- In The Beautiful Game, Bryan Kirschner (who leads research strategy for the Open Source Software Lab of Microsoft) blogs about the MySQL User's Conference and shares his thinking about why Microsoft and MySQL are working together on a number of applications, including ADO.NET provider Interop, and a Visual Studio plug-in that enables developers to access MySQL data directly from VS.
- In The "it's not us versus them" meme, Matt Asay (influential Open Source thinker and blogger) describes how Microsoft increasingly point out that "it's not open source versus proprietary" meme. He argues that it would normally be the new player, not the incumbent player, who one should expect to use this type of argument.
Whatever the reason for anybody to claim it's not us versus them, I think the winner is the end user -- as long as the claim is backed up by actions.
For MySQL, let me say that we've humbly done our best to take actions. We've worked with Microsoft operating systems and applications since last century. Not long after the release of MySQL (originally under Solaris, then under Linux), the software was released under the Windows operating system. Furthermore, we released an ODBC driver coded in-house; as for connectors to many popular Open Source languages, they've been developed by the community, not by MySQL itself. And fast forwarding to this century, we beat Microsoft SQL Server by releasing an ADO.Net driver for MySQL Server quicker than MSFT themselves for MSSQL. This is for the good of the end user, who gets more choice and more opportunities inside the Microsoft ecosystem.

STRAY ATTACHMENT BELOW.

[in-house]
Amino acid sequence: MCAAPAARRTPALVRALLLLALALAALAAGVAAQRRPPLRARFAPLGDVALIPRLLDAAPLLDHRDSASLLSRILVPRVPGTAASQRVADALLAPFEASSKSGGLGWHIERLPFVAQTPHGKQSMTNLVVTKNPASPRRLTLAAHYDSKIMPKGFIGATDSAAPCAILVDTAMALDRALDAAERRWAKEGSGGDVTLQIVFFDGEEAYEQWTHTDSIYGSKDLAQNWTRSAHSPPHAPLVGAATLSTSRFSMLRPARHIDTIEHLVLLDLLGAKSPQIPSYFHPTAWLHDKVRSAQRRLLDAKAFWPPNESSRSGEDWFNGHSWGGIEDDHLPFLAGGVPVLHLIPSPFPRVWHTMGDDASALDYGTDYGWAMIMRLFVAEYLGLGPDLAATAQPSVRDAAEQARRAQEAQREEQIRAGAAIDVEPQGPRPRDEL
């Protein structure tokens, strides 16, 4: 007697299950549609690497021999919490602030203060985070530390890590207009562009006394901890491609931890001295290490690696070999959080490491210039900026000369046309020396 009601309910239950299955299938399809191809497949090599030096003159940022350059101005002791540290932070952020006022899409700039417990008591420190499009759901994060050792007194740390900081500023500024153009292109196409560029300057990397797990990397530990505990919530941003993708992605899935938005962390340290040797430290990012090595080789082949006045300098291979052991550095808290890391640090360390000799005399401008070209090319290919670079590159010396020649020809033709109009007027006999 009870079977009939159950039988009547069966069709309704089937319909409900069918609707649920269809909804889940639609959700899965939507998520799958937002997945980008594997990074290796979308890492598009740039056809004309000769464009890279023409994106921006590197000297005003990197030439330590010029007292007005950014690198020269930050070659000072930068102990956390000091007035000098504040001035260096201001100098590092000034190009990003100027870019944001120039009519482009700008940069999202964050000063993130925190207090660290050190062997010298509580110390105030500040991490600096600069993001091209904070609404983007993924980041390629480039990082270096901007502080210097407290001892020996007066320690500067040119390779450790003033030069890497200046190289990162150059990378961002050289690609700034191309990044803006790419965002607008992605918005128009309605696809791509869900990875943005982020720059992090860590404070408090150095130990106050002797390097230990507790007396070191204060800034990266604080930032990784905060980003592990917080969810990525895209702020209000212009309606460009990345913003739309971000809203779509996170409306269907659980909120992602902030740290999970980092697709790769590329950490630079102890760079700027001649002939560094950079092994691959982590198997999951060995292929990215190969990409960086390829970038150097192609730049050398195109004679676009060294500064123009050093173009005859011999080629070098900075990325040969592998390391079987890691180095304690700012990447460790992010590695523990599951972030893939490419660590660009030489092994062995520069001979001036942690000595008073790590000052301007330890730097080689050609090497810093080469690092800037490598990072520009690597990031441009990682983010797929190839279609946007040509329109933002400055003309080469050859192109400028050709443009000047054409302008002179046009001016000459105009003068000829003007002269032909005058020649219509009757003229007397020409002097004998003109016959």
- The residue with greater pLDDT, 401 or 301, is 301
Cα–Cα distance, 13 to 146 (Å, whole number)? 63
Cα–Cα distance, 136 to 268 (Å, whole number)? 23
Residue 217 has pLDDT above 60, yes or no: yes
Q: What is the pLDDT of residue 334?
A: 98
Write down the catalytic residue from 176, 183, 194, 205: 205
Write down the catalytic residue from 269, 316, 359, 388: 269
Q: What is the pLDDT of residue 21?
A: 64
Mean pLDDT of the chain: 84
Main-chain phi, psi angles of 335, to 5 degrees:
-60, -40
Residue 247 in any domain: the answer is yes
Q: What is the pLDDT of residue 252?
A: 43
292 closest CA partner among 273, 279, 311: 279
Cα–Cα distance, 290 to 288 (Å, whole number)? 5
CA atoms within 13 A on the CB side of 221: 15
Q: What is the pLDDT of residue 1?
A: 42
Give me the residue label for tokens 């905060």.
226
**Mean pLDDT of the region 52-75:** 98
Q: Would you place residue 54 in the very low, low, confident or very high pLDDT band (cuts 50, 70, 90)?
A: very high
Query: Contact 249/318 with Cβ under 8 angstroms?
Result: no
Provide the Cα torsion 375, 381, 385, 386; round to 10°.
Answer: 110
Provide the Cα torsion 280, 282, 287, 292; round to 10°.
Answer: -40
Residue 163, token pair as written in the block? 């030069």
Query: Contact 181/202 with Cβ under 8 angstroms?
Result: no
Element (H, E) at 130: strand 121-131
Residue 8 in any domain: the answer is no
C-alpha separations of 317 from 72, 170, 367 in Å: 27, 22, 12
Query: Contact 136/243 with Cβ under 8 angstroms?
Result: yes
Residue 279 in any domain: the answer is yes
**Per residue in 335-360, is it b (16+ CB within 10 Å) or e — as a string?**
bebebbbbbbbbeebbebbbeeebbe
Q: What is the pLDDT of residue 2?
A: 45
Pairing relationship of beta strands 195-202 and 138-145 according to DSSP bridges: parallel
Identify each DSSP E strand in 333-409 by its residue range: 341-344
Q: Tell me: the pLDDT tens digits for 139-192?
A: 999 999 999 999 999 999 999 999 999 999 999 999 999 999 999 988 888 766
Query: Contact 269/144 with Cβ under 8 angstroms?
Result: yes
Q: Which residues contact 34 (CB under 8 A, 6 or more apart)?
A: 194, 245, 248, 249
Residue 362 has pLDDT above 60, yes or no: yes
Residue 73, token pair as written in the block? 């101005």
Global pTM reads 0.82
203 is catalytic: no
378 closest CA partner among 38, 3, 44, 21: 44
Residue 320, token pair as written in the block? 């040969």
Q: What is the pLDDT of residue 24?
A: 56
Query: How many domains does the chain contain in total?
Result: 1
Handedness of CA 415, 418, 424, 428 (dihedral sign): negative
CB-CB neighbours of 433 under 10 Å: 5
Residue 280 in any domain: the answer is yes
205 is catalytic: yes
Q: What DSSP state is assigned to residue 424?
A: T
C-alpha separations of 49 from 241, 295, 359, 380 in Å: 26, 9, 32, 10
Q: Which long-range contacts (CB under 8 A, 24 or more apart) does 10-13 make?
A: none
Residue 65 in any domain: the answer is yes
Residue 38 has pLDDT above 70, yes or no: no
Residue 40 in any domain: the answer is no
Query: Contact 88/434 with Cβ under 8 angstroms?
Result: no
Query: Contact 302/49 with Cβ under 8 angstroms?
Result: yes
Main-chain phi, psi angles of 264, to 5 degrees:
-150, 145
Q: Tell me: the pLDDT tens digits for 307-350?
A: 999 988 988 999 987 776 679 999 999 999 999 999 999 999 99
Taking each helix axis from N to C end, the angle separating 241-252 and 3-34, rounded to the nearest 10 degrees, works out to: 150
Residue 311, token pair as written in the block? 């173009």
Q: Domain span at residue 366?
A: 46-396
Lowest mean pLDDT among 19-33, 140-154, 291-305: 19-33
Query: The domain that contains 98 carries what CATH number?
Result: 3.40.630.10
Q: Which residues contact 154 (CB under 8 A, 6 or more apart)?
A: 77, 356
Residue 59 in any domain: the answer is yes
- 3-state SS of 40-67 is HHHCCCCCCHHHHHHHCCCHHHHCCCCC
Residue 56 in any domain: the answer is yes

With Microsoft (through Port 25) being a sponsor at the MySQL Conference & Expo, and having met Bryan Kirschner and Jamie M. Cannon (both of the Open Source Software Lab at Microsoft), I am happy to see that Microsoft is starting to acknowledge MySQL's importance for the Microsoft ecosystem. "As commercial software companies, MySQL and Microsoft share substantial common ground.", Bryan says in his blog. There seems to be something positive to what MySQL can do for Microsoft customers, also from the perspective of Microsoft itself.
When it comes to Microsoft and MySQL working together, I think there is more in store for the end user. With official contacts established between the two companies, new ideas are getting floated. Some of them may fly. Expect to hear more later!